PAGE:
The Current Discussion:A new poll finds widespread mistrust of world leaders. Are trustworthy national leaders a thing of the past? If not, who's an exception?
Mistrust in national leaders may be a healthy thing. One possibility is that the media is doing its job – examining and questioning the state of affairs. In a world reeling from the Iraq war, genocide in Sudan, skyrocketing oil prices, acute food shortage and a global economic downturn, it’s not surprising that a new international poll finds people mistrust today’s leaders. These leaders have failed to resolve these problems.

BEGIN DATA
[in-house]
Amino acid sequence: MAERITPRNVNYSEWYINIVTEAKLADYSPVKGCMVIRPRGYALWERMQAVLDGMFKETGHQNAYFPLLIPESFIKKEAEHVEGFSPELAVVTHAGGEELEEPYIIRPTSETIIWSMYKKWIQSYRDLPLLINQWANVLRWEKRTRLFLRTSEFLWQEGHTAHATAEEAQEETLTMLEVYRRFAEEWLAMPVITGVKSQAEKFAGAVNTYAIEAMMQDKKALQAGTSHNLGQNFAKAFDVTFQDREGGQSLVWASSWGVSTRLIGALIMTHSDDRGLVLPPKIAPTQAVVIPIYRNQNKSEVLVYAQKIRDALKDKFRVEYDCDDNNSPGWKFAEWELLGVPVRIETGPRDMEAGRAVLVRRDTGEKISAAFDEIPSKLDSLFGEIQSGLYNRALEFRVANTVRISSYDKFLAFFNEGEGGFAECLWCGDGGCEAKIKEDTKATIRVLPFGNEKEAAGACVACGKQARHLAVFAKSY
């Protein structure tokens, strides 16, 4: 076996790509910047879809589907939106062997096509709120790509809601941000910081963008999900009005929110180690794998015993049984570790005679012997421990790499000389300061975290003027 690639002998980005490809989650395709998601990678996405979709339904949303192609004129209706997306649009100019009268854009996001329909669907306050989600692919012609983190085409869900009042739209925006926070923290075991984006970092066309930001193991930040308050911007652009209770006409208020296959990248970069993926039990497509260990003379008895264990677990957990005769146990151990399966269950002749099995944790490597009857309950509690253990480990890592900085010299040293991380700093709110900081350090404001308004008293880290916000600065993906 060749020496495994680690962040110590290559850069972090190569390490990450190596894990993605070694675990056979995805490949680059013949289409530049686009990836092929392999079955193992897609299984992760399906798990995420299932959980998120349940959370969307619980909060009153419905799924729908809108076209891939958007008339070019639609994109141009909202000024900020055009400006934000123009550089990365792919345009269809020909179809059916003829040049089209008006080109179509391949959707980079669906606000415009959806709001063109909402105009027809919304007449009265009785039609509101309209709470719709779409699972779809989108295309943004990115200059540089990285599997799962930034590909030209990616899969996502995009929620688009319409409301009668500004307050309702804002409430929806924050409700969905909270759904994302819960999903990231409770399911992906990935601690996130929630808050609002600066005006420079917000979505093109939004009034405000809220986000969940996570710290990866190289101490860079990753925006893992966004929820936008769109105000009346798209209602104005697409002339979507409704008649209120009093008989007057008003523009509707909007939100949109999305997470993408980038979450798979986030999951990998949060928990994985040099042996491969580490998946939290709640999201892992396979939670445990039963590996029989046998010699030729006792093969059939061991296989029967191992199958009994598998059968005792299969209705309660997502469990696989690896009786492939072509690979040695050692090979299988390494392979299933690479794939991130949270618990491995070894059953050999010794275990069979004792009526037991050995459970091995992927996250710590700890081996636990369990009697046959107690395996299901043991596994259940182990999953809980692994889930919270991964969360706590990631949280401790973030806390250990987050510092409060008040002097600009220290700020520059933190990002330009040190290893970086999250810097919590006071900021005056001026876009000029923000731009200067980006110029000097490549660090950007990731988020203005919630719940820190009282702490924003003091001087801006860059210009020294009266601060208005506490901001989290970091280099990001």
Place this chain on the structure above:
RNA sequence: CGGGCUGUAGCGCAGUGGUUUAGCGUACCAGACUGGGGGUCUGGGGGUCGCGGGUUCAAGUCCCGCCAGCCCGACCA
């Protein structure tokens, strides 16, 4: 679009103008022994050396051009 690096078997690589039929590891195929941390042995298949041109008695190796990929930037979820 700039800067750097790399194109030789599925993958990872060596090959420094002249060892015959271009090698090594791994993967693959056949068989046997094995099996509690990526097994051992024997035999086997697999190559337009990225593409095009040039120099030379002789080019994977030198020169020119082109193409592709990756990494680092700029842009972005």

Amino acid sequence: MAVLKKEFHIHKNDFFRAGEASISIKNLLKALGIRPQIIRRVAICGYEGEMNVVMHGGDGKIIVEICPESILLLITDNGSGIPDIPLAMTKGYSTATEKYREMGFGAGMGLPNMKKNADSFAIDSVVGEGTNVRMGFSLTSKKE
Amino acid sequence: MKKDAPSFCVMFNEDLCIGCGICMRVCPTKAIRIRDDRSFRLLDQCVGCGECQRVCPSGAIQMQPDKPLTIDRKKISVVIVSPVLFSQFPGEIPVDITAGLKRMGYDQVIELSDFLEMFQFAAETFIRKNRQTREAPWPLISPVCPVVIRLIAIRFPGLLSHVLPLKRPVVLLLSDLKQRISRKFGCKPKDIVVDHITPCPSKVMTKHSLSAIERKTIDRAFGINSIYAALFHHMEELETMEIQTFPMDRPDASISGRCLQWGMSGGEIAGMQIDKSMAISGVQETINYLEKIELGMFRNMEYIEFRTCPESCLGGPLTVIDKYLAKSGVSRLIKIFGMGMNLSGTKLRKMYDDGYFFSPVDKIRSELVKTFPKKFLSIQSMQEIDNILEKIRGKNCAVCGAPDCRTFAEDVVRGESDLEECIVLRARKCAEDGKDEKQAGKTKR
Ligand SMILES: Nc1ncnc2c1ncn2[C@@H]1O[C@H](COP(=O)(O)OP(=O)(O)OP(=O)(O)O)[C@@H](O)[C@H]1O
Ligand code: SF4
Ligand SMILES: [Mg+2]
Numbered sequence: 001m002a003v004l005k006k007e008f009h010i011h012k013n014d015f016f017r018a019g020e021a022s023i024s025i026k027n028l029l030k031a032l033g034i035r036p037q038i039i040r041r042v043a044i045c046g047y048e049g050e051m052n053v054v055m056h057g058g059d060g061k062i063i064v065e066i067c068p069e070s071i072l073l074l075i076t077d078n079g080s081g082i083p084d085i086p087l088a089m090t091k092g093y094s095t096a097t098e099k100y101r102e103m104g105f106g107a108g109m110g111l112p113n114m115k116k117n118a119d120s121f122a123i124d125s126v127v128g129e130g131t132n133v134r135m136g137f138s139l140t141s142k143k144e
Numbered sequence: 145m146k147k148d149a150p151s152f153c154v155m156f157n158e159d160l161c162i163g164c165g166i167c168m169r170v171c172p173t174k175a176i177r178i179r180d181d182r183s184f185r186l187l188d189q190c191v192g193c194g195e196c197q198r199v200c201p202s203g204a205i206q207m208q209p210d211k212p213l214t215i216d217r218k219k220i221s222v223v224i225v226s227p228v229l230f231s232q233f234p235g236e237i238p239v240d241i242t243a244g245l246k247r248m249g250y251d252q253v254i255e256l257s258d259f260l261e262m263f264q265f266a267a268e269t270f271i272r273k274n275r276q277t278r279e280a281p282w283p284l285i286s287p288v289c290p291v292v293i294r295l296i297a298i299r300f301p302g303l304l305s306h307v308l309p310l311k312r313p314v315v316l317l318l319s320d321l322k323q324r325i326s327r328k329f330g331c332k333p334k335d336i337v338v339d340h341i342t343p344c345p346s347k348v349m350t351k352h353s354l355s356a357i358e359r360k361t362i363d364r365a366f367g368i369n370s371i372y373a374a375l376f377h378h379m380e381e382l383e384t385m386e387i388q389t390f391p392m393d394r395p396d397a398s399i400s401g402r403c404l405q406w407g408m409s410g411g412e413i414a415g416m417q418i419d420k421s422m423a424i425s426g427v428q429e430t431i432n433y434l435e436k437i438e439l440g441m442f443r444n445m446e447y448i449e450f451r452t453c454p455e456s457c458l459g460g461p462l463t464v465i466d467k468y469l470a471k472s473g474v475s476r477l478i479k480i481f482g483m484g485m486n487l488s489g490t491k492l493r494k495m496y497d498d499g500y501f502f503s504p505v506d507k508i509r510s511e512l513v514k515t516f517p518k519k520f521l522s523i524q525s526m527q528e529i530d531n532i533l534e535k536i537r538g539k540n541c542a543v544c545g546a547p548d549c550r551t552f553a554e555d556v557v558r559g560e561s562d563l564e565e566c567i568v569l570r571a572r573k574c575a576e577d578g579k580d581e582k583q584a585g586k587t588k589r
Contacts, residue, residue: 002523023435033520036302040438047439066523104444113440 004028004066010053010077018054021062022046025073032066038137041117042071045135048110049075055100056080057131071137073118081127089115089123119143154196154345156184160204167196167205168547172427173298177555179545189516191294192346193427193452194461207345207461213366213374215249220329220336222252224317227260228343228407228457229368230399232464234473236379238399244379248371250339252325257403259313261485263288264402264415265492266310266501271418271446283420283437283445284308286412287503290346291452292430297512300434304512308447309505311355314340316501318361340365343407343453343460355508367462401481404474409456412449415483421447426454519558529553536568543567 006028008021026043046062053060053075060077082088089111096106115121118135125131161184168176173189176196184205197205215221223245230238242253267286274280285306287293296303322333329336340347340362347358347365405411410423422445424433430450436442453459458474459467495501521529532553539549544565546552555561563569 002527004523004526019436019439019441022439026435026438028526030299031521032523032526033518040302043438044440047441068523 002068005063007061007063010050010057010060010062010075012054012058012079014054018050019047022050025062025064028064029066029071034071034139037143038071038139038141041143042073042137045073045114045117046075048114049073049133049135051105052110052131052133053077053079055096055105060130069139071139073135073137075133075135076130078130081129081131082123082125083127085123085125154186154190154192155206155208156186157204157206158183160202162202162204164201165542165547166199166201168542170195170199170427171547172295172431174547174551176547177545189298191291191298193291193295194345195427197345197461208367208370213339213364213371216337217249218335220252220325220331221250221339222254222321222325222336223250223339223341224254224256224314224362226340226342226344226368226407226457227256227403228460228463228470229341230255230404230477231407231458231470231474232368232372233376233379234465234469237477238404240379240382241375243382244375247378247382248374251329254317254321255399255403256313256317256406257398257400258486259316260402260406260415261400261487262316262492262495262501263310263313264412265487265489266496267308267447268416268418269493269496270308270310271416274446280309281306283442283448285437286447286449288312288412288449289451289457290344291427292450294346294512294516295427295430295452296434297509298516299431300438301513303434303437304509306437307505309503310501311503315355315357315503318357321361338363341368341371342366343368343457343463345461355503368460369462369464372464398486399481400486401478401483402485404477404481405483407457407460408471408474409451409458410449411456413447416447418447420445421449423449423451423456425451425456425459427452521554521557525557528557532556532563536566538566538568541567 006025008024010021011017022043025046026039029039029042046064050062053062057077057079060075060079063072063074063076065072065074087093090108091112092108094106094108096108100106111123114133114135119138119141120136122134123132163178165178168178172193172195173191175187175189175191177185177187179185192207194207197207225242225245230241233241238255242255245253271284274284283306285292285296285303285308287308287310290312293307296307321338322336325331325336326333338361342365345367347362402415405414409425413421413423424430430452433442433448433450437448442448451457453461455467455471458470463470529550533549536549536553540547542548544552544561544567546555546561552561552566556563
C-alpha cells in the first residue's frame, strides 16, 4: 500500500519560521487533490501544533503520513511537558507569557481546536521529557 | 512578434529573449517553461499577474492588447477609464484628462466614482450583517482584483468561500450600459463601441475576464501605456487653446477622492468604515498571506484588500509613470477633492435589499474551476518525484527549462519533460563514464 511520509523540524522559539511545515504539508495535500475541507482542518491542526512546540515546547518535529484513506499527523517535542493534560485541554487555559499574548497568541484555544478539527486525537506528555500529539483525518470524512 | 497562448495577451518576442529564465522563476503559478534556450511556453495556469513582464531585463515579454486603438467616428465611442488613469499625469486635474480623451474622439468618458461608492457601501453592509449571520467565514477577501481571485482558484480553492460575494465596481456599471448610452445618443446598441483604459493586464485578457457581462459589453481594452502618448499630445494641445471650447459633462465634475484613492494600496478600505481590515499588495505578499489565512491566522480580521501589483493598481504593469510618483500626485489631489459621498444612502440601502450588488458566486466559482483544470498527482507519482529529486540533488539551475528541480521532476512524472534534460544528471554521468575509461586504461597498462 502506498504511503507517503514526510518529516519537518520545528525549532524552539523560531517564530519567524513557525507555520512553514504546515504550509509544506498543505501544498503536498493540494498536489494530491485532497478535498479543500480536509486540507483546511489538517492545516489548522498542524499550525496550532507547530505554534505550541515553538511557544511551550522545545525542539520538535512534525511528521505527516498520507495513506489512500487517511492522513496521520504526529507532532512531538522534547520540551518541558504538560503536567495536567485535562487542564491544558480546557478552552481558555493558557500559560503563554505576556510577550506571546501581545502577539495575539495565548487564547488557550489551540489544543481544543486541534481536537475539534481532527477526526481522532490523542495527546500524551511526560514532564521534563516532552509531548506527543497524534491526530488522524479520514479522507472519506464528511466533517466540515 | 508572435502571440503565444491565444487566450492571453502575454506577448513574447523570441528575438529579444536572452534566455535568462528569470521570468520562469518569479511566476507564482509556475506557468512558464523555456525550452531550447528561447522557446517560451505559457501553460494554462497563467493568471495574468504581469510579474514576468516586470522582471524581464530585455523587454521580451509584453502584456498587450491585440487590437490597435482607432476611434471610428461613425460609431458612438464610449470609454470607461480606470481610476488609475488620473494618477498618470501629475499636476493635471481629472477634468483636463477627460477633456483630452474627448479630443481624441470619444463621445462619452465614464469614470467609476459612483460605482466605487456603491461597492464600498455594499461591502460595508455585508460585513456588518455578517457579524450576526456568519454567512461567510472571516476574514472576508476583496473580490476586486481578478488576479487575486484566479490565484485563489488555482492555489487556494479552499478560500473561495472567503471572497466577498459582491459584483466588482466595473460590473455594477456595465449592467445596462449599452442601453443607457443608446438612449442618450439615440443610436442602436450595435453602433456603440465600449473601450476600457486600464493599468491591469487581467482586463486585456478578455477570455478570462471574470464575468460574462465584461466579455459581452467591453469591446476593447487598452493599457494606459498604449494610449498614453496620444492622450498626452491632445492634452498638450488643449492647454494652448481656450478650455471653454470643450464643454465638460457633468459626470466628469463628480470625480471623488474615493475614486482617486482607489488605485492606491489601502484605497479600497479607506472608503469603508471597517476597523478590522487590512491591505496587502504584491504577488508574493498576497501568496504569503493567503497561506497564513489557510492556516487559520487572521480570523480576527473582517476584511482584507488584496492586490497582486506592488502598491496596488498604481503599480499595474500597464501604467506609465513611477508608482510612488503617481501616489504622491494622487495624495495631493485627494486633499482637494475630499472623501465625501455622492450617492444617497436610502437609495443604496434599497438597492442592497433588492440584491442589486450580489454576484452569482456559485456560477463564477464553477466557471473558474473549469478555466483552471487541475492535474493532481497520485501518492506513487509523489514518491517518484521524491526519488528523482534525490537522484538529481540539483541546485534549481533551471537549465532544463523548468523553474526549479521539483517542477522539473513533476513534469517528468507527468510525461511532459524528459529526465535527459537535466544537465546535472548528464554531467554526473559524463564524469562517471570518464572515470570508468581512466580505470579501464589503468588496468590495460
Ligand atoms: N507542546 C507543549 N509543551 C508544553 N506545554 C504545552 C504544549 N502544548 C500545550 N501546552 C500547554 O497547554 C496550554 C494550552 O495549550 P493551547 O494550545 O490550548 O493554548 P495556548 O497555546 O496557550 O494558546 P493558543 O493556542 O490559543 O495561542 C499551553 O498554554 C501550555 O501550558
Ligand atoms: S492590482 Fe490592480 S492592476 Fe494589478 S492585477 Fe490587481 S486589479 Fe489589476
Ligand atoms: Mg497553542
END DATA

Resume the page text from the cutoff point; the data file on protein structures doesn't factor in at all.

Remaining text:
In the poll, Russia’s Vladimir Putin and China’s Hu Jintao fair better than many of their counterparts. Both of them are bosses of authoritarian states where the media is under their control. Their images are carefully honed. Criticism of their leadership can lead to arrest. Foreign correspondents are kept at bay, unable to get a close up look at the inner workings of their leadership. Their citizens voiced strong support for them but when combined with overseas’ responses, only 32 percent expressed confidence in Putin and 28 percent in Hu. That’s better than the 23 percent who say they believe in Bush - but not by much.